Atkinson appropriately used the comparable sales approach as a major element in valuing the land portion of each of the Subject Properties. 13 Under the comparable sales approach, if a comparable property has an element of a lesser quality than the property being appraised, then the comparable property's sale price is adjusted upward, and vice versa. Atkinson appropriately compared several different elements of the properties and generally used four to six comparables. He displayed the adjustments in a matrix, and also briefly explained why he adjusted the comparable property's sale price up or down. Unfortunately, in many instances Atkinson stated that an element of a comparable property was of a lesser quality than the property being valued and then did not adjust for that lesser quality or adjusted downward. In at least one instance, the mere correction of the directions of the adjustments in Atkinson's matrix so that they conformed to Atkinson's textual descriptions resulted in increasing the resulting value by about 50 percent. Also, in some instances, the textual descriptions of properties in Atkinson's written report did not match the properties listed in the accompanying matrix. It was as though Atkinson had revised parts of a draft of his report but inadvertently kept parts of former drafts that no longer fit the revised draft.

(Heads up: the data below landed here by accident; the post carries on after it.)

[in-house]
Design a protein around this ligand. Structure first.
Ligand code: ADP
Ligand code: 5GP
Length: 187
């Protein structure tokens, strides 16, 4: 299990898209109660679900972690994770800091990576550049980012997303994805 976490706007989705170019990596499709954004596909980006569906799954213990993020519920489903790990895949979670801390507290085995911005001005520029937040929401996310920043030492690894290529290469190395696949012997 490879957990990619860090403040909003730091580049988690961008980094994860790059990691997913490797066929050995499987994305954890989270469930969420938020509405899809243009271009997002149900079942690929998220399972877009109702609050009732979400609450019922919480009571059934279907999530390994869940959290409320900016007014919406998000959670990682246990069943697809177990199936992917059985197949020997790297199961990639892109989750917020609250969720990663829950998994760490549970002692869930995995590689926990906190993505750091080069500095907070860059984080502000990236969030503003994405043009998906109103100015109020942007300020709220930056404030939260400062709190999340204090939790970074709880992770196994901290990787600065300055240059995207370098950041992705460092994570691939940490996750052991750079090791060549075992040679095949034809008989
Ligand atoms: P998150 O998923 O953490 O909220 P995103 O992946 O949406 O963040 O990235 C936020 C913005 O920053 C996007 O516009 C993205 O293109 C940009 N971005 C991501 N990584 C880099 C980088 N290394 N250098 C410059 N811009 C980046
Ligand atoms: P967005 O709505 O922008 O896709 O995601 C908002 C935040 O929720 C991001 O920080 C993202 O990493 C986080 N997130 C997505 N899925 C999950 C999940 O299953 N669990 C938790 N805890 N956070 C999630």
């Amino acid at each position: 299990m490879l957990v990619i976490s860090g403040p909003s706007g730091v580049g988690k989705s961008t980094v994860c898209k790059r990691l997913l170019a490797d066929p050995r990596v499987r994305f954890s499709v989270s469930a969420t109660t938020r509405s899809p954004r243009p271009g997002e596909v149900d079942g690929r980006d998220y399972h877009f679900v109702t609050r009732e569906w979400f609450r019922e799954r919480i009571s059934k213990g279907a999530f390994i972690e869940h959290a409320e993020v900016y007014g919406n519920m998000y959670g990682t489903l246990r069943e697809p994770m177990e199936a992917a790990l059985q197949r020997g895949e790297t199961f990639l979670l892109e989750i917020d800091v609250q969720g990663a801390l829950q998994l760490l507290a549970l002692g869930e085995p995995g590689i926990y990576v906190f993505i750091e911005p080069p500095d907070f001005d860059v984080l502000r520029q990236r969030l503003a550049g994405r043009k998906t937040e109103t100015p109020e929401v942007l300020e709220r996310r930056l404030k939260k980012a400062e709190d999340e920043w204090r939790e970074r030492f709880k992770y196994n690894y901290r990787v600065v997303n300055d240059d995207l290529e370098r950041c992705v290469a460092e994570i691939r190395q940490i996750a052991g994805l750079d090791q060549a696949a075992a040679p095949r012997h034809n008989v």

13 The comparable sales approach involves locating parcels of land which were as physically similar as possible to the subject property, and which had been sold within a reasonable time of decedent's death. Since no two sales and no two parcels are identical, the actual sales price in each case is then to be adjusted up or down to reflect the differences between the subject property and the comparable property. The estimated values of the comparable properties as so adjusted provide an indication of the value of the subject property on the relevant date. Like most valuation techniques, this method is far from an exact science. However, it is based upon the common sense approach of taking the actual sales prices of properties similar to the subject properties and then relating the prices to the subject properties. This Court has often used or approved the use of this valuation method. See Wolfsen Land & Cattle Co. v. Commissioner [Dec. 35,975], 72 T.C. 1, 18-21 (1979).